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      08-11-2008, 01:35 PM   #72
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Again, I'm 99% positive we can simply open the transmission tunnel and in most cased that will be simply via a snap off/snap on cover plate.
For some reason, I've been fixated on the steering column, and missed your reference to the tranmission tunnel. Yes, that should be easier to pop although if I had a $250k Ferrari, I'm not sure that I'd want some stranger, or myself, popping any kind of panel in my car as those things can snap if you pull the wrong way--not that we've been able to identify any Ferrari owners yet. Anyway, I guess we'll figure this stuff out as we go...
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      08-11-2008, 02:32 PM   #73
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For some reason, I've been fixated on the steering column, and missed your reference to the tranmission tunnel. Yes, that should be easier to pop although if I had a $250k Ferrari, I'm not sure that I'd want some stranger, or myself, popping any kind of panel in my car as those things can snap if you pull the wrong way--not that we've been able to identify any Ferrari owners yet. Anyway, I guess we'll figure this stuff out as we go...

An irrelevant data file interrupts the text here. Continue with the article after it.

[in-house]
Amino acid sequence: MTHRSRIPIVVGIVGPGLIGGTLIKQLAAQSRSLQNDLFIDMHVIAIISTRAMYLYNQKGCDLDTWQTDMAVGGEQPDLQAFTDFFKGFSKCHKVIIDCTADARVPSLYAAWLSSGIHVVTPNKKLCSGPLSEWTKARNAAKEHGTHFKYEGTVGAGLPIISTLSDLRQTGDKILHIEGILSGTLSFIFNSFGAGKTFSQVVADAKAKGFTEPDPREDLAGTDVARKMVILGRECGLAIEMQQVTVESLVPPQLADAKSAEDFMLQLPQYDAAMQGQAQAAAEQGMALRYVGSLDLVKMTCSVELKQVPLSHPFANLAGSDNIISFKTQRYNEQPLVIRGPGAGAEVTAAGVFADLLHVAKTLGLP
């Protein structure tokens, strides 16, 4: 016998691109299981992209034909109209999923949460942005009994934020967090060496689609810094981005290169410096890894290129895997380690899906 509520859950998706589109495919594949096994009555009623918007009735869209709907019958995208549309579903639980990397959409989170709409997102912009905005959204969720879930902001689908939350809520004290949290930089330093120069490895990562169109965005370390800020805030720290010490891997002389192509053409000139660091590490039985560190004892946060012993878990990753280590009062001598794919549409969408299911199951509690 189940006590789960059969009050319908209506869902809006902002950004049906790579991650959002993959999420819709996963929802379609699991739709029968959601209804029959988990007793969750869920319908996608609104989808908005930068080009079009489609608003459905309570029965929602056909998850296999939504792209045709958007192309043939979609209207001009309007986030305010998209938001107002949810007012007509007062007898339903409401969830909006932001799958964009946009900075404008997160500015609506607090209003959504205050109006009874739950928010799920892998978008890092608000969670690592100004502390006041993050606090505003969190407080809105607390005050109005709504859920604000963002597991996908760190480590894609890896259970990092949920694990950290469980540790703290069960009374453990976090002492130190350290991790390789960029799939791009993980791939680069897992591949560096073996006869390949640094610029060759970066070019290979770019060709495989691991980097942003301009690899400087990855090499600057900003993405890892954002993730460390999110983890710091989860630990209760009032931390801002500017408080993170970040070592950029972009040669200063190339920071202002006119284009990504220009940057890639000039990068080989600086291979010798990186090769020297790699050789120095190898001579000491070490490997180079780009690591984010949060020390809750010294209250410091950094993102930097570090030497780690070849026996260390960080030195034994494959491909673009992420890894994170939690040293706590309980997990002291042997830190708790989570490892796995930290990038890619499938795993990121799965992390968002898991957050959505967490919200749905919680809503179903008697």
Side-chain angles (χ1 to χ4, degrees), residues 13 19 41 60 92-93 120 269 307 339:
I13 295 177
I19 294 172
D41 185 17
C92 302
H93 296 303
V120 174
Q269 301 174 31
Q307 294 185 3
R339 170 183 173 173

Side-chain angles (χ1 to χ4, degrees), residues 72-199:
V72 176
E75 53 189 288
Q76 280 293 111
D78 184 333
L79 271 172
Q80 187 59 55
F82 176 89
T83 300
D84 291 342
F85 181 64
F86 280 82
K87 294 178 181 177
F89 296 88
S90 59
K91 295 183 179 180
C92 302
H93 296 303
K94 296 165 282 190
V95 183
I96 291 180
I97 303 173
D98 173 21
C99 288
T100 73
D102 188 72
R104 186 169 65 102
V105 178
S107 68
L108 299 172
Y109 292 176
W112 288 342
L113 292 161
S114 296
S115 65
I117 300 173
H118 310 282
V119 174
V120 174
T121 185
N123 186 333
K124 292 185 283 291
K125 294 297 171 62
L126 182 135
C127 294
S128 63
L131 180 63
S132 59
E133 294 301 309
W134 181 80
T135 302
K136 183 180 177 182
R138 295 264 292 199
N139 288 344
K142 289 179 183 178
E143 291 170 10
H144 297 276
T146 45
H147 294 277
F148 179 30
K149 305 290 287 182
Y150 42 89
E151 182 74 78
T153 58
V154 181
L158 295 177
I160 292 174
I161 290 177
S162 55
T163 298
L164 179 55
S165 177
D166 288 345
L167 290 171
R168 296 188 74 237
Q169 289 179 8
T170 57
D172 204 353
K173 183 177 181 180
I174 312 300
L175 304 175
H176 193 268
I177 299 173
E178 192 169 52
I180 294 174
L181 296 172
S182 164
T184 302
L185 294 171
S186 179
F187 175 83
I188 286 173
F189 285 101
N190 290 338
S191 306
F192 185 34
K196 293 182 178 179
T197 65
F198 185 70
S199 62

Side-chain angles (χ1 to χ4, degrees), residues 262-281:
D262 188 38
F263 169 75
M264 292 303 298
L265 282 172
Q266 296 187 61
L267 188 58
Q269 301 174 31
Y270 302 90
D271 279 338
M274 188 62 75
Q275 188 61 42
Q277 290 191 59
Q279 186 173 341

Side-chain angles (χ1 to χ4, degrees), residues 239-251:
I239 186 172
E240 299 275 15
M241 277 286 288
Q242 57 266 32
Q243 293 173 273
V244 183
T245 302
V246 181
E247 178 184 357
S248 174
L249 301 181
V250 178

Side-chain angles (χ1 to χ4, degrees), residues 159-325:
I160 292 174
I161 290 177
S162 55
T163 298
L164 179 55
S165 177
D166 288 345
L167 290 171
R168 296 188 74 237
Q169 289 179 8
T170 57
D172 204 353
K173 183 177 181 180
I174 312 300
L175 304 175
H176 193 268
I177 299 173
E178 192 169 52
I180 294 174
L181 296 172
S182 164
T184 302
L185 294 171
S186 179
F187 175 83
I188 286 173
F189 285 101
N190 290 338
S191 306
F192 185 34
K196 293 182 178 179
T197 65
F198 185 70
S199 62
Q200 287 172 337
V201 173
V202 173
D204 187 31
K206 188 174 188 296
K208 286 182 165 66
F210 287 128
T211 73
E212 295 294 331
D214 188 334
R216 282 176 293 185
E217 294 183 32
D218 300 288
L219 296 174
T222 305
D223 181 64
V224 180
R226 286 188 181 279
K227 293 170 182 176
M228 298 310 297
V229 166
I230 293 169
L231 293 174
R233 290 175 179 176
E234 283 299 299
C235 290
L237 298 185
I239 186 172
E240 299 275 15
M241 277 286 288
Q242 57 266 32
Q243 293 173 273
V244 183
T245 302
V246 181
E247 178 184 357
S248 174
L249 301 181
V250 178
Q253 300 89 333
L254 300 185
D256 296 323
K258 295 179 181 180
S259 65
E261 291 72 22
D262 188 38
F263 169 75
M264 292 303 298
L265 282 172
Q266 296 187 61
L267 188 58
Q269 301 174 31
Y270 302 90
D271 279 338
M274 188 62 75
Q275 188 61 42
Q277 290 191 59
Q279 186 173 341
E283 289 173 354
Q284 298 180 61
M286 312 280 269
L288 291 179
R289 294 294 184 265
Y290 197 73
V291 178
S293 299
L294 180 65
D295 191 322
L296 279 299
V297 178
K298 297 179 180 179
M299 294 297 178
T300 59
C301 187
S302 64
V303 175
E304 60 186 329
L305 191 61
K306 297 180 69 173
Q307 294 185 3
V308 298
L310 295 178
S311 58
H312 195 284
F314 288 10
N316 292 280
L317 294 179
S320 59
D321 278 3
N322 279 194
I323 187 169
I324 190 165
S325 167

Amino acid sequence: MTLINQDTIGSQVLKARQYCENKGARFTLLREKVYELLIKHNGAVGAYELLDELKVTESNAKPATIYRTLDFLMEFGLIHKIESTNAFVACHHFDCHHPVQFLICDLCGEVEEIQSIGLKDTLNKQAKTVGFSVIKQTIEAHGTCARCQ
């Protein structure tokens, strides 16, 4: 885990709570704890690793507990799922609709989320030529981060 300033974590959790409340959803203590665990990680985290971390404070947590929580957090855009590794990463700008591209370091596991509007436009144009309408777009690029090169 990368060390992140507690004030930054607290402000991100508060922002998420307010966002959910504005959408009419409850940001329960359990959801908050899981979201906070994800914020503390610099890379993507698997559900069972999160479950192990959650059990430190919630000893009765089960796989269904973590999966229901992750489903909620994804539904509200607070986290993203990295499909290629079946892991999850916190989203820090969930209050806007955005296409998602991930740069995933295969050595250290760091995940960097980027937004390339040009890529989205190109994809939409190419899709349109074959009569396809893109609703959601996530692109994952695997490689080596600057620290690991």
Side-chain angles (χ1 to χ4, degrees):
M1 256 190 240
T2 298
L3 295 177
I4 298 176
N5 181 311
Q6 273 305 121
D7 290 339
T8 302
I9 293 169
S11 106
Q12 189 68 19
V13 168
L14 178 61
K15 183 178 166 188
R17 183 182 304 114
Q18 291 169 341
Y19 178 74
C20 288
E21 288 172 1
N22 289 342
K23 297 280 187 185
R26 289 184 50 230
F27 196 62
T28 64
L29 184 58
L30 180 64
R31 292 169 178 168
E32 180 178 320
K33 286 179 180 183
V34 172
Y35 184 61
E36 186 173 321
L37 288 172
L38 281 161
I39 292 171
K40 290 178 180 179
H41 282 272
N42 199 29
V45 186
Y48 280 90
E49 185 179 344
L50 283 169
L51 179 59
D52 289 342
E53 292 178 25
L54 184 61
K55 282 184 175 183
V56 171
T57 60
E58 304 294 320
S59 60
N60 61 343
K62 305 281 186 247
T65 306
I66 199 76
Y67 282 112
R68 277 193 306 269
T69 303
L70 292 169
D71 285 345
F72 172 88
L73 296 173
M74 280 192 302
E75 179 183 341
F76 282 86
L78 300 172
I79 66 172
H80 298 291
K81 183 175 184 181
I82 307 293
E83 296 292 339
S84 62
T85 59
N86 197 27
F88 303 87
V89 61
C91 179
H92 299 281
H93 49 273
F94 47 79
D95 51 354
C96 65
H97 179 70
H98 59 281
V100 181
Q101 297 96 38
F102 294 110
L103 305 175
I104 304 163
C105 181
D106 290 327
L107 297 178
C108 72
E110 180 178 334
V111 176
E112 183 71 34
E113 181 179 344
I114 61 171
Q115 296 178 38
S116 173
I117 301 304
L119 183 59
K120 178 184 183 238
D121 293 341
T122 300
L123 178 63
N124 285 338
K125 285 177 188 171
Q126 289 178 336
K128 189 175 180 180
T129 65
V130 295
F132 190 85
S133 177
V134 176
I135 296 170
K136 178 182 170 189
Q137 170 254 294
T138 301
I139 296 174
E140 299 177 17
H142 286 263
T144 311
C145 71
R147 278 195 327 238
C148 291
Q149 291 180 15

In the ideal world, we would have some OBD2 tool that would give the throttle position and a whole hose of other data.....

Anyone brave enough to develop such a thing? Or modify another OBD2 reader?
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      08-11-2008, 03:03 PM   #74
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I have an OBDII tool (DashHawk) that measures both relative and absolute throttle position, among a host of other variables. It has data logging and charting capability, and I suppose it should work for this purpose.

Only problem is that it is semi-permanently mounted in the dash of my truck. I could take it out for short term use, but I don't think I'd want to mail it around the country.
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      08-11-2008, 05:16 PM   #75